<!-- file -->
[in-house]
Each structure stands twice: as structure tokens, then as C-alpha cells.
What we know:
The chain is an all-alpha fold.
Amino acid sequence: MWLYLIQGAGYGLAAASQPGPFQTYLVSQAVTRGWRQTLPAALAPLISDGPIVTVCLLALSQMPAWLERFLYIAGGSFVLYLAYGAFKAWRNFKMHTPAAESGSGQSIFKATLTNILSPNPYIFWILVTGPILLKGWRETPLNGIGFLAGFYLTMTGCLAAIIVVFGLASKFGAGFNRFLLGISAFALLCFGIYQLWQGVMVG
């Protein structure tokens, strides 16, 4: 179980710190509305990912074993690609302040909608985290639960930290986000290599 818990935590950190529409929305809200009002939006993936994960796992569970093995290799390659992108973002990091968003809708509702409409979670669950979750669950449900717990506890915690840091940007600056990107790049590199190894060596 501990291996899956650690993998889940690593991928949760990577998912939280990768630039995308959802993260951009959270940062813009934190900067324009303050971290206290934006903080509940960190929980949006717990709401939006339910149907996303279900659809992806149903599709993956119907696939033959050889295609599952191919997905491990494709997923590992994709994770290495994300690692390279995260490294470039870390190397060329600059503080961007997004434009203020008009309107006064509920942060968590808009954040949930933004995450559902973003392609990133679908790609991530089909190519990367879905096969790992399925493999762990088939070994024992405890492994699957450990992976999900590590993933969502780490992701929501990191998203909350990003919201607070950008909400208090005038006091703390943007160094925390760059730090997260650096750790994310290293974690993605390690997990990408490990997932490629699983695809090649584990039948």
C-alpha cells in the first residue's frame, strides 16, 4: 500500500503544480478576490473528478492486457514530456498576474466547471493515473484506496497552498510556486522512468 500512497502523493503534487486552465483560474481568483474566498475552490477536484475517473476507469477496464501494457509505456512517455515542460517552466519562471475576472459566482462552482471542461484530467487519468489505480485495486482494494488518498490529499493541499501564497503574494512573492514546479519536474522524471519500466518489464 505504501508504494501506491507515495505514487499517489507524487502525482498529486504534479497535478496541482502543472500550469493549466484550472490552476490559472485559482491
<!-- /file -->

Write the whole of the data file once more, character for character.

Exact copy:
[in-house]
Each structure stands twice: as structure tokens, then as C-alpha cells.
What we know:
The chain is an all-alpha fold.
Amino acid sequence: MWLYLIQGAGYGLAAASQPGPFQTYLVSQAVTRGWRQTLPAALAPLISDGPIVTVCLLALSQMPAWLERFLYIAGGSFVLYLAYGAFKAWRNFKMHTPAAESGSGQSIFKATLTNILSPNPYIFWILVTGPILLKGWRETPLNGIGFLAGFYLTMTGCLAAIIVVFGLASKFGAGFNRFLLGISAFALLCFGIYQLWQGVMVG
């Protein structure tokens, strides 16, 4: 179980710190509305990912074993690609302040909608985290639960930290986000290599 818990935590950190529409929305809200009002939006993936994960796992569970093995290799390659992108973002990091968003809708509702409409979670669950979750669950449900717990506890915690840091940007600056990107790049590199190894060596 501990291996899956650690993998889940690593991928949760990577998912939280990768630039995308959802993260951009959270940062813009934190900067324009303050971290206290934006903080509940960190929980949006717990709401939006339910149907996303279900659809992806149903599709993956119907696939033959050889295609599952191919997905491990494709997923590992994709994770290495994300690692390279995260490294470039870390190397060329600059503080961007997004434009203020008009309107006064509920942060968590808009954040949930933004995450559902973003392609990133679908790609991530089909190519990367879905096969790992399925493999762990088939070994024992405890492994699957450990992976999900590590993933969502780490992701929501990191998203909350990003919201607070950008909400208090005038006091703390943007160094925390760059730090997260650096750790994310290293974690993605390690997990990408490990997932490629699983695809090649584990039948």
C-alpha cells in the first residue's frame, strides 16, 4: 500500500503544480478576490473528478492486457514530456498576474466547471493515473484506496497552498510556486522512468 500512497502523493503534487486552465483560474481568483474566498475552490477536484475517473476507469477496464501494457509505456512517455515542460517552466519562471475576472459566482462552482471542461484530467487519468489505480485495486482494494488518498490529499493541499501564497503574494512573492514546479519536474522524471519500466518489464 505504501508504494501506491507515495505514487499517489507524487502525482498529486504534479497535478496541482502543472500550469493549466484550472490552476490559472485559482491